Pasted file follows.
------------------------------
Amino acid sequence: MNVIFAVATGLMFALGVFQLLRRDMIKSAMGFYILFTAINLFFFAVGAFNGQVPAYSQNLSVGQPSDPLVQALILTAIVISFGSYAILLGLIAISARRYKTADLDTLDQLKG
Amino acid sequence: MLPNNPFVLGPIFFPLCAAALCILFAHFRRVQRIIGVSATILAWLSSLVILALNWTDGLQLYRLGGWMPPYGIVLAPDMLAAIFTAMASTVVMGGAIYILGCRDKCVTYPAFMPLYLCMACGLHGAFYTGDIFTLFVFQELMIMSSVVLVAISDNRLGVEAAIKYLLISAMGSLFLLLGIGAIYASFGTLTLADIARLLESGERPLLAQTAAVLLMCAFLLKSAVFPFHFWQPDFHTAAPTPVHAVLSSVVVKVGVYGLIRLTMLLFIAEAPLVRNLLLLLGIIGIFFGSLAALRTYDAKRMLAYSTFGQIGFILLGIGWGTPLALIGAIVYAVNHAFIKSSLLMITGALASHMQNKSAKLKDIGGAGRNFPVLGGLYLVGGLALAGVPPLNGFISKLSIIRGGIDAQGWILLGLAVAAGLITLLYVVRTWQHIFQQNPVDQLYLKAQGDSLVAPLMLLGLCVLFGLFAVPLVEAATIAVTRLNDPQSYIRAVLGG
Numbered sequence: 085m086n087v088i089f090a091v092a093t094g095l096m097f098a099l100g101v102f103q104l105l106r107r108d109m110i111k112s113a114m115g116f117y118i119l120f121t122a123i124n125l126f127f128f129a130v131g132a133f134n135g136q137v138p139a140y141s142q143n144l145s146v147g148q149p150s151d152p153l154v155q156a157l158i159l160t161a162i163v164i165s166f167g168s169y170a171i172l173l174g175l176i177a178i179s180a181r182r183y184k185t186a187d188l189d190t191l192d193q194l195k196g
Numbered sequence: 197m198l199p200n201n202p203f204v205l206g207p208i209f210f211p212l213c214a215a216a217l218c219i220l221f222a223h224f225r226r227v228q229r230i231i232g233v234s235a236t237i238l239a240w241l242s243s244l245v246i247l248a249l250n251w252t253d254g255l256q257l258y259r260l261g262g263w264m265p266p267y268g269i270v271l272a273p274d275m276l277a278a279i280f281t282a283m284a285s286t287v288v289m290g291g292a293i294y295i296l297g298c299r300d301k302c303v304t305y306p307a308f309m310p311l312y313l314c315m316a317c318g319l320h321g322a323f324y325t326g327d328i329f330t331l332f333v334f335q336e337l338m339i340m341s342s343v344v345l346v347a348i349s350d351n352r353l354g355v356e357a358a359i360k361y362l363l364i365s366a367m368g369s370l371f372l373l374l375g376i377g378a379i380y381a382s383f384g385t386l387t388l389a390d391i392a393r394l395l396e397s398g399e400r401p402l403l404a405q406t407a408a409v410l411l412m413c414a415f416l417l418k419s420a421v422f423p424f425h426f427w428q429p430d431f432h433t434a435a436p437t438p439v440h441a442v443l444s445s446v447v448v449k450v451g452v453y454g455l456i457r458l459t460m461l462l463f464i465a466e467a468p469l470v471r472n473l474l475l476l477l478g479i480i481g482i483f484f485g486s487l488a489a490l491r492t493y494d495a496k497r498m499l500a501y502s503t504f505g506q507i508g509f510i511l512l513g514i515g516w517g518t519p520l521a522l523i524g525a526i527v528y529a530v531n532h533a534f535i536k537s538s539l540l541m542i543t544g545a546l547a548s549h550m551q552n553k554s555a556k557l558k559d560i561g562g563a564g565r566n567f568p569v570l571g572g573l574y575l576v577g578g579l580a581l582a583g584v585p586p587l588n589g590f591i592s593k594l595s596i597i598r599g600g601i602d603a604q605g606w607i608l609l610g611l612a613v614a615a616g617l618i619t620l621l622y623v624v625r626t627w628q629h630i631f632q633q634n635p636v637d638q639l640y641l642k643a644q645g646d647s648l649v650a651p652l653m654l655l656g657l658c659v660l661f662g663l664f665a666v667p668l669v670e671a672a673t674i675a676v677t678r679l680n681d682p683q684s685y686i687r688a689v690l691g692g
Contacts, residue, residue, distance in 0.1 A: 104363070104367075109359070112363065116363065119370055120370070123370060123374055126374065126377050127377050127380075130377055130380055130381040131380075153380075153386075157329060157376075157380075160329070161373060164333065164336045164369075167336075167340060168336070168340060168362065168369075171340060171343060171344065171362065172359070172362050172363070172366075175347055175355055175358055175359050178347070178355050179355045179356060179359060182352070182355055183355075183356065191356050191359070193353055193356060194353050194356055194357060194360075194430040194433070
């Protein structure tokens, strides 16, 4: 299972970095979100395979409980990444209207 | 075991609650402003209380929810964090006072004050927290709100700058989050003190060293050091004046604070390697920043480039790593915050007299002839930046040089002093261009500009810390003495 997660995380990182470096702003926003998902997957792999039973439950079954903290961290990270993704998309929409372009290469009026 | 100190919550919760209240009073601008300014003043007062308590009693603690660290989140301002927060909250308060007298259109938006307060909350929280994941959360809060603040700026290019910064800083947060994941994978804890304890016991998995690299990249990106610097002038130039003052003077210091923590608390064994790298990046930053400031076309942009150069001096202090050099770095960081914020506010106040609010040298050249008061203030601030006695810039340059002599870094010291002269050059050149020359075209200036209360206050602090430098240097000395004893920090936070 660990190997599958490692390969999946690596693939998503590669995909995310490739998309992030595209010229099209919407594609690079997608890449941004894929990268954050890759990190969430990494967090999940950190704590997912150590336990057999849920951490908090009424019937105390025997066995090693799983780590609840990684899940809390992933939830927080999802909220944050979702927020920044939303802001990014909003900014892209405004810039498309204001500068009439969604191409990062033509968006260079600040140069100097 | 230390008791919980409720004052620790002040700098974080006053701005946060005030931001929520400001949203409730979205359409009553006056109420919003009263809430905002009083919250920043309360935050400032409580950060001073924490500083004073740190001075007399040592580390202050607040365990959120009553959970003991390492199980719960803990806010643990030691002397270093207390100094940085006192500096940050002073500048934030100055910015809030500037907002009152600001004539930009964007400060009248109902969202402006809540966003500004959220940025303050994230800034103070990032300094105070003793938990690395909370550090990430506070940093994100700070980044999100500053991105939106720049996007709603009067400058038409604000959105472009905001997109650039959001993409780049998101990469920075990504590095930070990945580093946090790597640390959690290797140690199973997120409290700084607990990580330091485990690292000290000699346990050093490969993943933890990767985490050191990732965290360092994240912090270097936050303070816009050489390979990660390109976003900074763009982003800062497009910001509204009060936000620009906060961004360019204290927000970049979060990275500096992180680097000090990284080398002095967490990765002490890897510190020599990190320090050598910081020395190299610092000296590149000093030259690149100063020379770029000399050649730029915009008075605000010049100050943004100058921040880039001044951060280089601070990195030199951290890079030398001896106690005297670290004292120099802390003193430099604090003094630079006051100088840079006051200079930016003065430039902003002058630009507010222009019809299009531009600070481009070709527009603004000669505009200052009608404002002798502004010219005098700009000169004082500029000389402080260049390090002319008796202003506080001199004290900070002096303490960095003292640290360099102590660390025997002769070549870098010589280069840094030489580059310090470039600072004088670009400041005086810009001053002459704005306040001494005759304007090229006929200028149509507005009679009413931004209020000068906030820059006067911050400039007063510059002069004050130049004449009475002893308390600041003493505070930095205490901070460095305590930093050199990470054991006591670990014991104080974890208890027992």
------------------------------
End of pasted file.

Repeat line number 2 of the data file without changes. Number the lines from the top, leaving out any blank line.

Amino acid sequence: MLPNNPFVLGPIFFPLCAAALCILFAHFRRVQRIIGVSATILAWLSSLVILALNWTDGLQLYRLGGWMPPYGIVLAPDMLAAIFTAMASTVVMGGAIYILGCRDKCVTYPAFMPLYLCMACGLHGAFYTGDIFTLFVFQELMIMSSVVLVAISDNRLGVEAAIKYLLISAMGSLFLLLGIGAIYASFGTLTLADIARLLESGERPLLAQTAAVLLMCAFLLKSAVFPFHFWQPDFHTAAPTPVHAVLSSVVVKVGVYGLIRLTMLLFIAEAPLVRNLLLLLGIIGIFFGSLAALRTYDAKRMLAYSTFGQIGFILLGIGWGTPLALIGAIVYAVNHAFIKSSLLMITGALASHMQNKSAKLKDIGGAGRNFPVLGGLYLVGGLALAGVPPLNGFISKLSIIRGGIDAQGWILLGLAVAAGLITLLYVVRTWQHIFQQNPVDQLYLKAQGDSLVAPLMLLGLCVLFGLFAVPLVEAATIAVTRLNDPQSYIRAVLGG